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Version: v3

Developing with Node.JS

Step 0. Creating the initial source code (optional)

We will create the example source code by using some popular frameworks.

Before we begin, we will create a new directory and cd into it.

mkdir quickstart-demo && cd quickstart-demo

This is optional and you may use an existing project instead (make sure you cd into the project directory before running any odo commands) or a starter project from odo init.

For Node.JS we will use the Express framework for our example.

  1. Install Express:
npm install express --save
$ npm install express --save

added 57 packages, and audited 58 packages in 6s

7 packages are looking for funding
run `npm fund` for details

found 0 vulnerabilities
  1. Generate an example project:
npx express-generator
$ npx express-generator
warning: the default view engine will not be jade in future releases
warning: use `--view=jade' or `--help' for additional options

create : public/
create : public/javascripts/
create : public/images/
create : public/stylesheets/
create : public/stylesheets/style.css
create : routes/
create : routes/index.js
create : routes/users.js
create : views/
create : views/error.jade
create : views/index.jade
create : views/layout.jade
create : app.js
create : package.json
create : bin/
create : bin/www

install dependencies:
$ npm install

run the app:
$ DEBUG=express:* npm start

Your source code has now been generated and created in the directory.

Step 1. Connect to your cluster and create a new namespace or project

Before starting you should make sure that odo is connected to your cluster and that you have created a new namespace.

Creating a new namespace

If you are using Kubernetes, you can create a new namespace with the odo create namespace command.

odo create namespace odo-dev
Sample Output
$ odo create namespace odo-dev
✓ Namespace "odo-dev" is ready for use
✓ New namespace created and now using namespace: odo-dev

Step 2. Initializing your application (odo init)

Now we'll initialize your application by creating a devfile.yaml to be deployed.

odo handles this automatically with the odo init command by autodetecting your source code and downloading the appropriate Devfile.

Note: If you skipped Step 0, select a "starter project" when running odo init.

Let's run odo init and select Node.JS:

odo init
Sample Output
$ odo init
/ \__ Initializing a new component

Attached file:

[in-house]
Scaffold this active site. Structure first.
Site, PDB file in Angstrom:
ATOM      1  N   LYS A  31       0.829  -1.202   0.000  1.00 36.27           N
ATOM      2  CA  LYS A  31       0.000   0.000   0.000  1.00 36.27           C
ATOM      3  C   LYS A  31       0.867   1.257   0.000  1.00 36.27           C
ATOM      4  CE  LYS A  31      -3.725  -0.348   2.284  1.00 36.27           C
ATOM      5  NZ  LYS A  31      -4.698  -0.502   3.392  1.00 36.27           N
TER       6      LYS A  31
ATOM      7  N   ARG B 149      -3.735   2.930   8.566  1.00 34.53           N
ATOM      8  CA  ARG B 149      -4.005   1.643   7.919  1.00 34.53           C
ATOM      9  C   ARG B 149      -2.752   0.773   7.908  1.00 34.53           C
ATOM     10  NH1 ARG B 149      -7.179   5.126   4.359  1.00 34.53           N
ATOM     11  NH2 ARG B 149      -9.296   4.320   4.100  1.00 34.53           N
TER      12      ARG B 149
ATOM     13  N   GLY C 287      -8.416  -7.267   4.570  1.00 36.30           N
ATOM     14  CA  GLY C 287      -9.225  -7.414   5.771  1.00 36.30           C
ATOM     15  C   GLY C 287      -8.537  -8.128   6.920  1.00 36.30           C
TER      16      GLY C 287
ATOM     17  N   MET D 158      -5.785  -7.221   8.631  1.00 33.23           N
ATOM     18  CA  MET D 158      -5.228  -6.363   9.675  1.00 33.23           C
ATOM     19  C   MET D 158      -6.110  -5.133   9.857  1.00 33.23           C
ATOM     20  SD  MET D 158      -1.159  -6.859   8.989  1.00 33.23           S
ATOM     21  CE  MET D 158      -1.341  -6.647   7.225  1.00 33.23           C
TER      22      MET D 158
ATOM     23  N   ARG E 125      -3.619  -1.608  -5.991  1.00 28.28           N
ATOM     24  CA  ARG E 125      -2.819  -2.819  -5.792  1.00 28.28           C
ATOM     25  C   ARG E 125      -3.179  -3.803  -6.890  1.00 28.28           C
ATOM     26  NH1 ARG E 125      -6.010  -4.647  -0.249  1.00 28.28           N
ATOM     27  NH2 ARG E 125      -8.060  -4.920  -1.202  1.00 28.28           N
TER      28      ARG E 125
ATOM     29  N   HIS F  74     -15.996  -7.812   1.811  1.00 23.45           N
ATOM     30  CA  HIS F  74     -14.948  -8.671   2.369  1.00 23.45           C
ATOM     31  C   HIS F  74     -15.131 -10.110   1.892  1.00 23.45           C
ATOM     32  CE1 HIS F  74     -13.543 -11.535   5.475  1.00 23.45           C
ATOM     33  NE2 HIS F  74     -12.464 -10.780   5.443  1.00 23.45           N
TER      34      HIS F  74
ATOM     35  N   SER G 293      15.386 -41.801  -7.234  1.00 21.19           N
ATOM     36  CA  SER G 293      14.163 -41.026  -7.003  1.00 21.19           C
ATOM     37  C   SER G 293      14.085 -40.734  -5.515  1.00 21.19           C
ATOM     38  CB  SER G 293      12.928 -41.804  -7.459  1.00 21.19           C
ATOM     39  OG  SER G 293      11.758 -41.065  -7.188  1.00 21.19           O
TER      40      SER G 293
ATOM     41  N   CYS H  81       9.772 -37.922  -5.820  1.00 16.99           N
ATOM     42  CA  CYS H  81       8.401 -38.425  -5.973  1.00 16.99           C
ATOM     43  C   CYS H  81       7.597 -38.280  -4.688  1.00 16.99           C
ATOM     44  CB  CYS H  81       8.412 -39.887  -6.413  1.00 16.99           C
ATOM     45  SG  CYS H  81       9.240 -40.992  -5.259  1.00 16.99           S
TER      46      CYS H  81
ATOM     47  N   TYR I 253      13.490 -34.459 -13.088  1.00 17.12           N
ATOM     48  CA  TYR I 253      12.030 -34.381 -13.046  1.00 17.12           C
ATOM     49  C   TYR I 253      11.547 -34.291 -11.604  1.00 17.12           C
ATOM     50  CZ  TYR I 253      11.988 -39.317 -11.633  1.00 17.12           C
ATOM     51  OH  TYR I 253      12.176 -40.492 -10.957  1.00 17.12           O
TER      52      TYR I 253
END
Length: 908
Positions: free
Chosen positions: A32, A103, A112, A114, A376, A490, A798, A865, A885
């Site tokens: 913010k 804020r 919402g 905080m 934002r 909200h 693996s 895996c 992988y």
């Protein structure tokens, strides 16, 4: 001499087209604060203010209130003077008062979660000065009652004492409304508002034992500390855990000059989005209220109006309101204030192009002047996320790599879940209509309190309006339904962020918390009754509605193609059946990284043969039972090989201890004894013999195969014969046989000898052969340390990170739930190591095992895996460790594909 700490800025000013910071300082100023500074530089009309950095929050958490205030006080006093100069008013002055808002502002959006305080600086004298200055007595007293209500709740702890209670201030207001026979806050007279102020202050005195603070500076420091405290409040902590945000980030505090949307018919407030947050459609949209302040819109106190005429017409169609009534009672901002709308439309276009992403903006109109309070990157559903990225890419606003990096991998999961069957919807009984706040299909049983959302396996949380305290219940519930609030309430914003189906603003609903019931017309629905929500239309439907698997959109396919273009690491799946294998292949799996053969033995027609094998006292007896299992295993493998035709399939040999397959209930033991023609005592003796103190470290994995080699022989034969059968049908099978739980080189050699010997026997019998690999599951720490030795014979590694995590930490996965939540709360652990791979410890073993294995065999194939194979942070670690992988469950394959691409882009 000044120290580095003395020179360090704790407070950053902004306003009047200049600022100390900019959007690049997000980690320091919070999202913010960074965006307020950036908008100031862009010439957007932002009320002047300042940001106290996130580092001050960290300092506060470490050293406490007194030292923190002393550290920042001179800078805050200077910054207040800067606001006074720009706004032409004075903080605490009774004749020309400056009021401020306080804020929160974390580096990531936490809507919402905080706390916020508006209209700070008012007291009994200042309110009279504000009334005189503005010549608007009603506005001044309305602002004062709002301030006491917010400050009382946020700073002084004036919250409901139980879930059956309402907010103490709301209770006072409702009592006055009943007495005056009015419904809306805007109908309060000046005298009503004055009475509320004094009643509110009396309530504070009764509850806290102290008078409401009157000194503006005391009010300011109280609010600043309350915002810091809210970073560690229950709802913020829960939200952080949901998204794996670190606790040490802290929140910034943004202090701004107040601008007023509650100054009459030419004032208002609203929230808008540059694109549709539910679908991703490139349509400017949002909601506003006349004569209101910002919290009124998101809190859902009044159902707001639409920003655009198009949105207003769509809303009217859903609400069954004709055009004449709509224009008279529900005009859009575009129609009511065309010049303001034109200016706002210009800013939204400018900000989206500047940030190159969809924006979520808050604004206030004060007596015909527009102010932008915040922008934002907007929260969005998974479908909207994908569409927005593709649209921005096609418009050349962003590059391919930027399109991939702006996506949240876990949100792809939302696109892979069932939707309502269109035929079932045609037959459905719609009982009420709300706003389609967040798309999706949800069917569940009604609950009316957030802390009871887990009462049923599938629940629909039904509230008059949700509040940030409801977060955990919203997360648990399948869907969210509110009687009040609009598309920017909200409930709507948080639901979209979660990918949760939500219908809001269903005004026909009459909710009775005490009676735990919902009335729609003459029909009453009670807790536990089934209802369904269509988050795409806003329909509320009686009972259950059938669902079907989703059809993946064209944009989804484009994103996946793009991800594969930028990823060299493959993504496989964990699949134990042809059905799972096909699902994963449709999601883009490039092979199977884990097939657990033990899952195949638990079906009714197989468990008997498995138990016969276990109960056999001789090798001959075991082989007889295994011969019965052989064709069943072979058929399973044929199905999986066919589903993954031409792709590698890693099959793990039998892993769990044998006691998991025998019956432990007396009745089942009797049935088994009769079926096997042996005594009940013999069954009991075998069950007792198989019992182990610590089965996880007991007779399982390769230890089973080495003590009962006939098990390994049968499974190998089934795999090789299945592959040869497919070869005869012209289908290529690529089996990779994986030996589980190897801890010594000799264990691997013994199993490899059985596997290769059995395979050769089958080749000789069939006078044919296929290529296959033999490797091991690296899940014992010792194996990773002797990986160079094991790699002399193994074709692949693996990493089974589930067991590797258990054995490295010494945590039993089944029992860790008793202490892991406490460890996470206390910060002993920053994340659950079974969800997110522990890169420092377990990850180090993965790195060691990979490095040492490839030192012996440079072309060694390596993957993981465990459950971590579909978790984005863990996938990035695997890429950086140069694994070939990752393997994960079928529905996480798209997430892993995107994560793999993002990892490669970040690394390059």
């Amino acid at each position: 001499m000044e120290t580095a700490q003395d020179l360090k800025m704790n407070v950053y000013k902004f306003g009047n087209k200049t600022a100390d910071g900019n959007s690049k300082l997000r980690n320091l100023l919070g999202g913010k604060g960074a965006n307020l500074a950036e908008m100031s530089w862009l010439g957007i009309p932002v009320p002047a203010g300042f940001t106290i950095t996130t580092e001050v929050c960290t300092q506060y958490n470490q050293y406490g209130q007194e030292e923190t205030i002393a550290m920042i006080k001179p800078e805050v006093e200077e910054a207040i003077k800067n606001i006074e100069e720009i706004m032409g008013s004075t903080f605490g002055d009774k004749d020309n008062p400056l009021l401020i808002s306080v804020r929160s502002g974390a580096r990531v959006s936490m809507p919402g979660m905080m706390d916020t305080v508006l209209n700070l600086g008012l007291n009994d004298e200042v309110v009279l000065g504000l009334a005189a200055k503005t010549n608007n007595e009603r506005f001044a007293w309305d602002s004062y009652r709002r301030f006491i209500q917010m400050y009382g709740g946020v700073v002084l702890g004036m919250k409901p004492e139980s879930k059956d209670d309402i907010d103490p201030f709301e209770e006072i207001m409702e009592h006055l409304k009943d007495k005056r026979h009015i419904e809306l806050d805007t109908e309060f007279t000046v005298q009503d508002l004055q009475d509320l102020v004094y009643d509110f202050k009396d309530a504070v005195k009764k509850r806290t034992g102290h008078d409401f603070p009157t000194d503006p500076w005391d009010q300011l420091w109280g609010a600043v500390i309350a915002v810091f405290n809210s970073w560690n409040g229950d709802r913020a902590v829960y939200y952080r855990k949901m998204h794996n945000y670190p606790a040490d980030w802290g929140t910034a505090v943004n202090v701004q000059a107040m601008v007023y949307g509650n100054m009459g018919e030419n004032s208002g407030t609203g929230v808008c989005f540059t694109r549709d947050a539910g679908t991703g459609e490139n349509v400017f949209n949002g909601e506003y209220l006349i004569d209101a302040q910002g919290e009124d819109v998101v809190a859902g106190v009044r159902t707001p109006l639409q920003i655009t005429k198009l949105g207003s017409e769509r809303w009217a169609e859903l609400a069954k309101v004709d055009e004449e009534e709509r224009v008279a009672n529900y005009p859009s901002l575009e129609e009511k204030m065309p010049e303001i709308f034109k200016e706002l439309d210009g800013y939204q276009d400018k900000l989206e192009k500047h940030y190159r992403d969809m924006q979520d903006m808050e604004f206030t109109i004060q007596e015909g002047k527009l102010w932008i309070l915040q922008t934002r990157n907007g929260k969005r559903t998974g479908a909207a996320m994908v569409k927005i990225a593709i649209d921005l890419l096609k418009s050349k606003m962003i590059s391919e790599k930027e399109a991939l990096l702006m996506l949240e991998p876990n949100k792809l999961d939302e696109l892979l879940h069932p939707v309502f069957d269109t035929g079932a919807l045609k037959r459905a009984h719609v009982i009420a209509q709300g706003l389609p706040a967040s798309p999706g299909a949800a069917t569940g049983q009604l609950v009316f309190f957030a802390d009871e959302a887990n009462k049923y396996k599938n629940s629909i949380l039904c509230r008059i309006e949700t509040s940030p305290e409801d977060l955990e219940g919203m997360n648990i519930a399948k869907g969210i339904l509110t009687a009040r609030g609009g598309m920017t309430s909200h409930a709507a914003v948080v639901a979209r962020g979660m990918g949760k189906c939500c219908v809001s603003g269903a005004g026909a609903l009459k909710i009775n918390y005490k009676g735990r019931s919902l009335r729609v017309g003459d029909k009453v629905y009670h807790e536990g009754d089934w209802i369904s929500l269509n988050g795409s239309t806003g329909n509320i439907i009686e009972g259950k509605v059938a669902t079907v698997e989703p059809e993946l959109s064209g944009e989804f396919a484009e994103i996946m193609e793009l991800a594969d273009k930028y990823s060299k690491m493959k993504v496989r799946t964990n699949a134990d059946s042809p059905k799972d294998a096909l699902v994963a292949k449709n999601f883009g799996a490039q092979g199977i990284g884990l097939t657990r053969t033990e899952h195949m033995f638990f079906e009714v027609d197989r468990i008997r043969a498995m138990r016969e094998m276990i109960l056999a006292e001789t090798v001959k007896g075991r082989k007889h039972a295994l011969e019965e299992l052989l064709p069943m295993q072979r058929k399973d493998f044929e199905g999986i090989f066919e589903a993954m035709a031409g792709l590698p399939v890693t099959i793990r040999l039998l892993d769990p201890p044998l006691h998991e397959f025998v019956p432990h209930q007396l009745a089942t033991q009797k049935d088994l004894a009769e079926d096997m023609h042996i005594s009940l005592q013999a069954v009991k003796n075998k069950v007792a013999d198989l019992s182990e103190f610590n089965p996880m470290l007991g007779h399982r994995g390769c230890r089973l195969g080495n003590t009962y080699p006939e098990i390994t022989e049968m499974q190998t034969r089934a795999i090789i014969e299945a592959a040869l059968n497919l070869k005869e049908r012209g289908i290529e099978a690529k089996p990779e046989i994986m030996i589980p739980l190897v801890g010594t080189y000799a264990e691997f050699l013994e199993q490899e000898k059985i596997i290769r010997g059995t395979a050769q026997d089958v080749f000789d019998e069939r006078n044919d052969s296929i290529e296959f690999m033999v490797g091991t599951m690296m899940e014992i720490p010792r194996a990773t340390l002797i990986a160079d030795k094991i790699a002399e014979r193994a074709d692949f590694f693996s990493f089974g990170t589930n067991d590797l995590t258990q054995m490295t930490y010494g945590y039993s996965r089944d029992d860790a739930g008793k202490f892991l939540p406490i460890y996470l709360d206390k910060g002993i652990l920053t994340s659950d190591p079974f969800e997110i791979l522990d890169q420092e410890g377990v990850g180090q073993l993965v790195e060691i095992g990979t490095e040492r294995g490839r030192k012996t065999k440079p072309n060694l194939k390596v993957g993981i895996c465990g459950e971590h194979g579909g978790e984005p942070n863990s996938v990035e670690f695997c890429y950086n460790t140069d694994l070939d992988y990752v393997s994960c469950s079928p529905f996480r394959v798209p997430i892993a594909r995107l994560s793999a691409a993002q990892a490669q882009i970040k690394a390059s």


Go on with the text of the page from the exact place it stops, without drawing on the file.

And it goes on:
\__/ \ Files: Source code detected, a Devfile will be determined based upon source code autodetection
/ \__/ odo version: v3.10.0

Interactive mode enabled, please answer the following questions:
✓ Determining a Devfile for the current directory [1s]
Based on the files in the current directory odo detected
Language: JavaScript
Project type: Node.js
The devfile "nodejs:2.1.1" from the registry "DefaultDevfileRegistry" will be downloaded.
? Is this correct? Yes
✓ Downloading devfile "nodejs:2.1.1" from registry "DefaultDevfileRegistry" [3s]

↪ Container Configuration "runtime":
- 3000
- 5858
- DEBUG_PORT = 5858

? Select container for which you want to change configuration? NONE - configuration is correct
? Enter component name: my-nodejs-app

You can automate this command by executing:
odo init --name my-nodejs-app --devfile nodejs --devfile-registry DefaultDevfileRegistry --devfile-version 2.1.1

Your new component 'my-nodejs-app' is ready in the current directory.
To start editing your component, use 'odo dev' and open this folder in your favorite IDE.
Changes will be directly reflected on the cluster.

If you skipped Step 0 and selected "starter project", your output will be slightly different.

Step 3. Developing your application continuously (odo dev)

Now that we've generated our code as well as our Devfile, let's start on development.

odo uses inner loop development and allows you to code, build, run and test the application in a continuous workflow.

Once you run odo dev, you can freely edit code in your favourite IDE and watch as odo rebuilds and redeploys it.

Let's run odo dev to start development on your Node.JS application:

odo dev

Then wait a few seconds until odo dev displays Forwarding from in its output, meaning that odo has successfully set up the port forwarding to reach the application running in the container.

Sample Output
$ odo dev
/ \__ Developing using the "my-nodejs-app" Devfile
\__/ \ Namespace: odo-dev
/ \__/ odo version: v3.10.0

↪ Running on the cluster in Dev mode
• Waiting for Kubernetes resources ...
⚠ Pod is Pending
✓ Pod is Running
✓ Syncing files into the container [193ms]
✓ Building your application in container (command: install) [5s]
• Executing the application (command: run) ...
✓ Waiting for the application to be ready [1s]
- Forwarding from -> 3000

↪ Dev mode
Watching for changes in the current directory /home/user/quickstart-demo

Keyboard Commands:
[Ctrl+c] - Exit and delete resources from the cluster
[p] - Manually apply local changes to the application on the cluster

You can now access the application via the local port displayed by odo dev ( in the sample output above) and start your development loop. odo will watch for changes and push the code for real-time updates.

You can now follow the advanced guide to deploy the application to production.